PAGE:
CPD estimates that there are about 4,260 parcels that are 6,250 square feet or smaller in the city. Between the exemption’s passage in 2010 and 2015, there were 1,604 building permits issued for the small lots — and only six were for new commercial or multi-unit projects.
A developer from Portland, Oregon, who’s built several micro-apartment complexes was part of the February 2015 focus group; he said that only 10 percent of millennials between 18 and 34 years old living in high-transit urban areas have cars. Gaddis, who sat in on that meeting, is counting on this stat for his complex; he plans to provide tenants with educational resources on how to get around Denver without vehicles.
He is also working with the neighborhood on solutions for those tenants who might still have cars, including talking with nearby lot owners about available spaces.
“We believe that, especially based off of Portland and different markets, you can have a building and you can have a lot of people without cars, and they can use our city in a different way than maybe the past did,” says Gaddis, who rides his bike to work daily.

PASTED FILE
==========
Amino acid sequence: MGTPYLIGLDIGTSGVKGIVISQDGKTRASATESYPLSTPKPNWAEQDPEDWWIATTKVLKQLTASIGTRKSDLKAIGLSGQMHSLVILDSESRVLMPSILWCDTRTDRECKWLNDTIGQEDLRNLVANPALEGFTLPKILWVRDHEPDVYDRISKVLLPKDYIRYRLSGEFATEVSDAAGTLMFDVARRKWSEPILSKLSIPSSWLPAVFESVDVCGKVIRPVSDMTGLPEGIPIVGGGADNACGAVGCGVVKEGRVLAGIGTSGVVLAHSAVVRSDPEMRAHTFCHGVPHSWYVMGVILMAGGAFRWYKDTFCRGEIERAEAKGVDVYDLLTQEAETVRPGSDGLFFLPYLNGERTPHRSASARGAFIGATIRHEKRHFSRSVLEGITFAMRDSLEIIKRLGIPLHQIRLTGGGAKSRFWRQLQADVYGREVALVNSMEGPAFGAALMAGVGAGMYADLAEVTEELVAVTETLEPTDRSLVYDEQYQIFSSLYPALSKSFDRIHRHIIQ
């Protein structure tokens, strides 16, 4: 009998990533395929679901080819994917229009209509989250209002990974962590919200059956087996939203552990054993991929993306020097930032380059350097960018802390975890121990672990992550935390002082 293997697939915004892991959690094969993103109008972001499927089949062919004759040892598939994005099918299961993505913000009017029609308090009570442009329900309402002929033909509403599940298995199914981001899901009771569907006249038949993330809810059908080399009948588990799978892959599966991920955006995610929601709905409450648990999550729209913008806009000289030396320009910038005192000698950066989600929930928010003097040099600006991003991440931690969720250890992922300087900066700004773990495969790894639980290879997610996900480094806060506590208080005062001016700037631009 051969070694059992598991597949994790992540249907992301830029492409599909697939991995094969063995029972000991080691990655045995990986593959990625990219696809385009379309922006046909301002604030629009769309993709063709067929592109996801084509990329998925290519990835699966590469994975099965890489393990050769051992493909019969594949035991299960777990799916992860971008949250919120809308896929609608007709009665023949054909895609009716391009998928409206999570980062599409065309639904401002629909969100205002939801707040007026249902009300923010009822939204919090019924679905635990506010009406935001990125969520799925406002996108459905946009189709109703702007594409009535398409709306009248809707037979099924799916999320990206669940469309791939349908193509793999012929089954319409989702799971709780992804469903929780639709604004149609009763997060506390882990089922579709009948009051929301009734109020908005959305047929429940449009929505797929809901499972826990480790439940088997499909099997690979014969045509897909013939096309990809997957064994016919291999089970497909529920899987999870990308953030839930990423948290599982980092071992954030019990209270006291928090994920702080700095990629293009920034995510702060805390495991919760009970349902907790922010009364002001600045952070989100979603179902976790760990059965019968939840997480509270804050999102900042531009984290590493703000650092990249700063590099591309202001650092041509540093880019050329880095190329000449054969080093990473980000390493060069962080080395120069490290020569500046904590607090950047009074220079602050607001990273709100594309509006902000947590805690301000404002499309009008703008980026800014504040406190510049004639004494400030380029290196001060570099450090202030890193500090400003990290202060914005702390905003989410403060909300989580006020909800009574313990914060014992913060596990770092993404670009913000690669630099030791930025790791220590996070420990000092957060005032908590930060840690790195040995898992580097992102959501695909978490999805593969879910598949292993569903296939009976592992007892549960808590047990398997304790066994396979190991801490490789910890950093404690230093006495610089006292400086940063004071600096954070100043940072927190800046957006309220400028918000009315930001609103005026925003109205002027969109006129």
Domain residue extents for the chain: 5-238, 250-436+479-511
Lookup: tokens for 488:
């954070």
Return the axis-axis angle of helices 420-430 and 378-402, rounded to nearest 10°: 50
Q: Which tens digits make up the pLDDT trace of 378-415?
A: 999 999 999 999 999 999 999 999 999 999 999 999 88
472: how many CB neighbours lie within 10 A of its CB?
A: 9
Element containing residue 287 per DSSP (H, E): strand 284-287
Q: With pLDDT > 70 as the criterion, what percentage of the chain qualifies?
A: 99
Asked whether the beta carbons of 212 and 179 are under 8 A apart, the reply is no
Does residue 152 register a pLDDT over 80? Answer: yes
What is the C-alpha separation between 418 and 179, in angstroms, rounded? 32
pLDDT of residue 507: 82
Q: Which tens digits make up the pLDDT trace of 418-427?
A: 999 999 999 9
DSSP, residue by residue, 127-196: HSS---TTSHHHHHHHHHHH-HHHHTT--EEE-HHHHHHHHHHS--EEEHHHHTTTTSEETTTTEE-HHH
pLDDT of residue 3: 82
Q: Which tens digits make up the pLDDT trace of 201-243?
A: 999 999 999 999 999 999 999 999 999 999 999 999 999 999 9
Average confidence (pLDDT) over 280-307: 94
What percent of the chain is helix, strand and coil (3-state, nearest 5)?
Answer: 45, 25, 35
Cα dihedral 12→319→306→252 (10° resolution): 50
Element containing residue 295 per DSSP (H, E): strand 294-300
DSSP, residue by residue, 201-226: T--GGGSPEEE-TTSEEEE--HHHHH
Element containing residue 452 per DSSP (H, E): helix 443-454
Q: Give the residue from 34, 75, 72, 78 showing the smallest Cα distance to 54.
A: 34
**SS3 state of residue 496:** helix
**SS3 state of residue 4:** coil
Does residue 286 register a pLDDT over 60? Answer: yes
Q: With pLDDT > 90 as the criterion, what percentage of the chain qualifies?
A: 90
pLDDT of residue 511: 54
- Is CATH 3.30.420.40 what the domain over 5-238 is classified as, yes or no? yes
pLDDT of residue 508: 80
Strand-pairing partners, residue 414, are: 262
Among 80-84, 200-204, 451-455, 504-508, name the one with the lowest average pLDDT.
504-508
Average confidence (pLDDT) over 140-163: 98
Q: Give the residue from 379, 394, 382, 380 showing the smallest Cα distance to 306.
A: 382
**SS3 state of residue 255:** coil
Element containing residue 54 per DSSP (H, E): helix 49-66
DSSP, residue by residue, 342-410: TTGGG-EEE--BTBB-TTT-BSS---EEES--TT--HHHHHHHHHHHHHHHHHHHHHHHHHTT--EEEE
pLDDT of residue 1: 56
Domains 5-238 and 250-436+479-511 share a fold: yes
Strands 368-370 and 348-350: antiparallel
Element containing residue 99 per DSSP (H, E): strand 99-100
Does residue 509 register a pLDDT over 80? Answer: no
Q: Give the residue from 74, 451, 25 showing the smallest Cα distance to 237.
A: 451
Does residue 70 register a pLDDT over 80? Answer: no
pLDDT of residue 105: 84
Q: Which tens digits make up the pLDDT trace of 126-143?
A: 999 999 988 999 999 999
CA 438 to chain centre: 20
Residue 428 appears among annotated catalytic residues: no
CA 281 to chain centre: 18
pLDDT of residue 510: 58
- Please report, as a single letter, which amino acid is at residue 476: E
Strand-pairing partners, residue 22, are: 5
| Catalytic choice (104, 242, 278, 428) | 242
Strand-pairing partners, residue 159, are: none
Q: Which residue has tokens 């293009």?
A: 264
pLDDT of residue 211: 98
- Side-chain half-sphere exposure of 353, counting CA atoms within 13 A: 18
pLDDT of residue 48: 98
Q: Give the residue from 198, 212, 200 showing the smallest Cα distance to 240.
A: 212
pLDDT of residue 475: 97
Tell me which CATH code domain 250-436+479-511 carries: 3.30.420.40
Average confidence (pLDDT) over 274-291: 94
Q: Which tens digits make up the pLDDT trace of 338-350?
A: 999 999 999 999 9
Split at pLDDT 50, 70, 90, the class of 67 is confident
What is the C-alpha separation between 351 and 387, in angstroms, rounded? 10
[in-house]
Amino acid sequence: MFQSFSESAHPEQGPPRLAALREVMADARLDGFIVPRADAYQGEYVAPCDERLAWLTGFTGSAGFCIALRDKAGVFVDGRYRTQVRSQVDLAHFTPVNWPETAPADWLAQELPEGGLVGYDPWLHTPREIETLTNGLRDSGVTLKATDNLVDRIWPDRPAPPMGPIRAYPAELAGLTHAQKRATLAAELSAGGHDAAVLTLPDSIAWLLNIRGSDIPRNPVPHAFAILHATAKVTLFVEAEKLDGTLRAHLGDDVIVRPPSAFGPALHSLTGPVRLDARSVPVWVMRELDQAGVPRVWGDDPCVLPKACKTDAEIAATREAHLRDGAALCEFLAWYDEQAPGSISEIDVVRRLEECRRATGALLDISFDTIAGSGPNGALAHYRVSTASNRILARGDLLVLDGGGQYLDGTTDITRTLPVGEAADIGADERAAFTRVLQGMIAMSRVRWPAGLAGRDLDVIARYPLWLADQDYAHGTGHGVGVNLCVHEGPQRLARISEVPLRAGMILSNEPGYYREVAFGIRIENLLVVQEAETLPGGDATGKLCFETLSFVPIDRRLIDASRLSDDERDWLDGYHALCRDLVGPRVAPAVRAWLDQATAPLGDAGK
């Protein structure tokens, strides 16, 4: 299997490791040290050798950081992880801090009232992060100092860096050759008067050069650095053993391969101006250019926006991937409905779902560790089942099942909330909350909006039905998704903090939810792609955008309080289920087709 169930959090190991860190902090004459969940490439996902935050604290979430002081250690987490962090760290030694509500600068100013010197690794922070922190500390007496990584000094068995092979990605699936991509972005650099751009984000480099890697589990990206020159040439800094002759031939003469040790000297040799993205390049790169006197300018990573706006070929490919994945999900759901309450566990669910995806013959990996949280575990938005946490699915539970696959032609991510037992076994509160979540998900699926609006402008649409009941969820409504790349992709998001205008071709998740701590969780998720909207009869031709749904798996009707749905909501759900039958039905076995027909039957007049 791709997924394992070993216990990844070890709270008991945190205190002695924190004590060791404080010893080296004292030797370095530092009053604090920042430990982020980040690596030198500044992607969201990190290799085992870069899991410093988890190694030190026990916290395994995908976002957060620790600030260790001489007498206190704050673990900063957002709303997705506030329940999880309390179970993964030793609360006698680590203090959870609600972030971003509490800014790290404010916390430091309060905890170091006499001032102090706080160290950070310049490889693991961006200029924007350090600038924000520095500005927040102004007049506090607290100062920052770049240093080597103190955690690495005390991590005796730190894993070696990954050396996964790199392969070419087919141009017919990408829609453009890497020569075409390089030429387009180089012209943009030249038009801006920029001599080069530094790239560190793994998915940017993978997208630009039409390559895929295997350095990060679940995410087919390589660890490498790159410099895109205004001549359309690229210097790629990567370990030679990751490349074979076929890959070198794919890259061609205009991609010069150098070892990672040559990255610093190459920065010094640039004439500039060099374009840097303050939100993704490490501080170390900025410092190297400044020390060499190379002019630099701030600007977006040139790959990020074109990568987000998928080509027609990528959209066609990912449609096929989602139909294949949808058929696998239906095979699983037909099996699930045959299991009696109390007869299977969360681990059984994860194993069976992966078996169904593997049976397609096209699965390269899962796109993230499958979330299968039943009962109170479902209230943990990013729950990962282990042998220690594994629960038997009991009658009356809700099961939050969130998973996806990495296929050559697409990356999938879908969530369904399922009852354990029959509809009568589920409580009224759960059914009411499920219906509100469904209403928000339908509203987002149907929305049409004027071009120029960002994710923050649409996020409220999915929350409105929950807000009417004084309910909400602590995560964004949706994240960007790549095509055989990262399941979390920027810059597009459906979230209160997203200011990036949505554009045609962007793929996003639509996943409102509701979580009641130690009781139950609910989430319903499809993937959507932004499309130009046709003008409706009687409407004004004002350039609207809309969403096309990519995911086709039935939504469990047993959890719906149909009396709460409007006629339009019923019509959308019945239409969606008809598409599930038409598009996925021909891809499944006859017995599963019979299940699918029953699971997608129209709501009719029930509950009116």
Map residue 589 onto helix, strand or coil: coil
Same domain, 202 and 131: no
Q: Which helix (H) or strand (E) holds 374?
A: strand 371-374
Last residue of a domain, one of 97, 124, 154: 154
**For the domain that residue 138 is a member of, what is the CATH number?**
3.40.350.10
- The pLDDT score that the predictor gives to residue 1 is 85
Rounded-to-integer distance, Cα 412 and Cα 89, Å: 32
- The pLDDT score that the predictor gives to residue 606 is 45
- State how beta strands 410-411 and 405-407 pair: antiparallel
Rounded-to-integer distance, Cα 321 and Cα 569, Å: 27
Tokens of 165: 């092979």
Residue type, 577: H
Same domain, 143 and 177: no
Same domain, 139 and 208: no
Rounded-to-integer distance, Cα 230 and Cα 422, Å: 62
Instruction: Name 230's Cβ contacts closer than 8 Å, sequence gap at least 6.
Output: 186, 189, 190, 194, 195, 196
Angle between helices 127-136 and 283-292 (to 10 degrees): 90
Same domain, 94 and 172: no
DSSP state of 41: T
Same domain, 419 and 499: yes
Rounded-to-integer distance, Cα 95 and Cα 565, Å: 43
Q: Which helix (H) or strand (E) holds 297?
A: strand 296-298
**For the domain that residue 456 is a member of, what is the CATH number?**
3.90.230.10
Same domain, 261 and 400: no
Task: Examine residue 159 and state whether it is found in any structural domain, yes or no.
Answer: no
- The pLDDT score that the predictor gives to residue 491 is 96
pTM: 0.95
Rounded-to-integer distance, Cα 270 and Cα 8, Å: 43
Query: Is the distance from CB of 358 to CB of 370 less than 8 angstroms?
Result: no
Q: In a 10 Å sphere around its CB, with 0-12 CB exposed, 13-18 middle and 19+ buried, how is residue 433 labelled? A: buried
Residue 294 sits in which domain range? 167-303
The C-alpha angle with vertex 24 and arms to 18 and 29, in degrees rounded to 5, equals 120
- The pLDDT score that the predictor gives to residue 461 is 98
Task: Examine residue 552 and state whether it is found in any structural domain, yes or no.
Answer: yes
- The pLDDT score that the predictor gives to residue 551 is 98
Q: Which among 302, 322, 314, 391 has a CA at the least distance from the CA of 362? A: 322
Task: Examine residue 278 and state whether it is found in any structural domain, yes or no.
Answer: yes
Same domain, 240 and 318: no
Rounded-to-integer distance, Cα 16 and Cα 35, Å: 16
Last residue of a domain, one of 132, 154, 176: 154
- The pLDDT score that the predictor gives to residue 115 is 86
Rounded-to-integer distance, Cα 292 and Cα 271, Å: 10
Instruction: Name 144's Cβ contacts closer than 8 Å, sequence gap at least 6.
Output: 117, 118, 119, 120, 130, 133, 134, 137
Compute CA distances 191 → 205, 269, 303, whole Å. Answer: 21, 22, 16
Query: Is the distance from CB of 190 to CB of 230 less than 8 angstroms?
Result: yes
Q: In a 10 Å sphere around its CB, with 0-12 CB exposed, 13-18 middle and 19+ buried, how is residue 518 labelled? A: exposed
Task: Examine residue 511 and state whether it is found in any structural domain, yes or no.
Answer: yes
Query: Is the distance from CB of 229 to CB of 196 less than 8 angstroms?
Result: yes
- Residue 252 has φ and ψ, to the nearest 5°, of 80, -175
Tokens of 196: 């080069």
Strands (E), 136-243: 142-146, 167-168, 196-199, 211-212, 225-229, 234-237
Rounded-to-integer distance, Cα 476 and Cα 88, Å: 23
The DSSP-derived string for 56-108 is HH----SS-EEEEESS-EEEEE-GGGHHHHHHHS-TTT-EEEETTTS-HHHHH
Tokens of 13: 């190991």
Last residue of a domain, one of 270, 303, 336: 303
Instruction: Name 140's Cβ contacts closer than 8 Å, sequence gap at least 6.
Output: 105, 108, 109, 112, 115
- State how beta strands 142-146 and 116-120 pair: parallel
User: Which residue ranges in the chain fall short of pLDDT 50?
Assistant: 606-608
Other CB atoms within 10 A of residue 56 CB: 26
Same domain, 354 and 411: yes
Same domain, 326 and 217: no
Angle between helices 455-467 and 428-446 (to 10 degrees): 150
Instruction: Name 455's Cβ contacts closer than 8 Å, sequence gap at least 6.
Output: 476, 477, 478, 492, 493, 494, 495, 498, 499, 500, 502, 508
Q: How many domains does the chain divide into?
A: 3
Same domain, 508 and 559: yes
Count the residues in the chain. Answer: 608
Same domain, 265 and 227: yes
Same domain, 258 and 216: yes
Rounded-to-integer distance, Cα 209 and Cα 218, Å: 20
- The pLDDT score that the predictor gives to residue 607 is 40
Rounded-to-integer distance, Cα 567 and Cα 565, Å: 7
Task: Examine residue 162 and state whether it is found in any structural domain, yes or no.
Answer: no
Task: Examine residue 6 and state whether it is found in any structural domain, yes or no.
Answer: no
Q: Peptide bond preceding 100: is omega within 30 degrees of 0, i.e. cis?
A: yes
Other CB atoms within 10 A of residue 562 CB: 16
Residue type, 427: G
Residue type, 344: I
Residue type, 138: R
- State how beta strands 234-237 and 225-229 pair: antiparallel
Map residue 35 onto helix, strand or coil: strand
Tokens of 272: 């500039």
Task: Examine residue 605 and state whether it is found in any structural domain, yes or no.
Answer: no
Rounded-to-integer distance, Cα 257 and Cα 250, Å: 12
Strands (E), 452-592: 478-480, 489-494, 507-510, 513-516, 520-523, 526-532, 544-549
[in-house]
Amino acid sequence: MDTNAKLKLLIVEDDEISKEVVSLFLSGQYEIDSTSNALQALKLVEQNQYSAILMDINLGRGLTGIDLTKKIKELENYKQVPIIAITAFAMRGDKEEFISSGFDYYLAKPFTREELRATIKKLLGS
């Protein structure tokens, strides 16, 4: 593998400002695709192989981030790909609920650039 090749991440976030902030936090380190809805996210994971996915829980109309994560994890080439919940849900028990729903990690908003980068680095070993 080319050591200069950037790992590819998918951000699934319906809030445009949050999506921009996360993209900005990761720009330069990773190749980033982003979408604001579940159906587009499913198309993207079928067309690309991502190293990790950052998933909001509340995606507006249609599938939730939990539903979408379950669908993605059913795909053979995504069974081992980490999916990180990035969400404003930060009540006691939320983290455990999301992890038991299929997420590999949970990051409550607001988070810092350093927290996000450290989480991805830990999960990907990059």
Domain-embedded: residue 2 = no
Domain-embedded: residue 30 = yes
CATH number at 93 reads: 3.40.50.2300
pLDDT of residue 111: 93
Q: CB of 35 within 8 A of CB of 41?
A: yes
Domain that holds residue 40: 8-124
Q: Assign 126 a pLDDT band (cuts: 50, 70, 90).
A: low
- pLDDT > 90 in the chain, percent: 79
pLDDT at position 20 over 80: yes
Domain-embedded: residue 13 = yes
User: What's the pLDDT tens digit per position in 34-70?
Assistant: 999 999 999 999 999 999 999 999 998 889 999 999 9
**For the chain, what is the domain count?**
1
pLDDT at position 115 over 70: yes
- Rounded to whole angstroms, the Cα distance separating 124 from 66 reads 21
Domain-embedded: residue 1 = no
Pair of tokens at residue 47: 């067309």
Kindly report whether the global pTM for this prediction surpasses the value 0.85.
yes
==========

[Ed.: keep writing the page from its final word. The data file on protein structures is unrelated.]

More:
But residents such as Mick Barnhardt and Paul Davidson, who live across Stout from the proposed project, aren’t convinced — and worry that they may have trouble finding parking themselves after another fifty-plus people are added to the neighborhood.
“To my understanding, it was never the intent for this exception,” Barnhardt says of the parking-free apartment complex. “They didn’t even imagine something like this; they were picturing small retail where they wouldn’t have to give up half their lots for parking. It wouldn’t have as big an impact as 56 units do.”
Barnhardt and Davidson are among many neighbors who don’t have garages or alley access — and because they live in a historic district, it’s not easy to add a garage. Barnhardt did his own survey of the area and found about 55 houses close to the proposed micro-apartment complex that rely solely on street parking. “We’re super-limited in our parking options,” says Davidson, who adds that he’s surprised by the zoning code’s “blanket exemption” for small lots.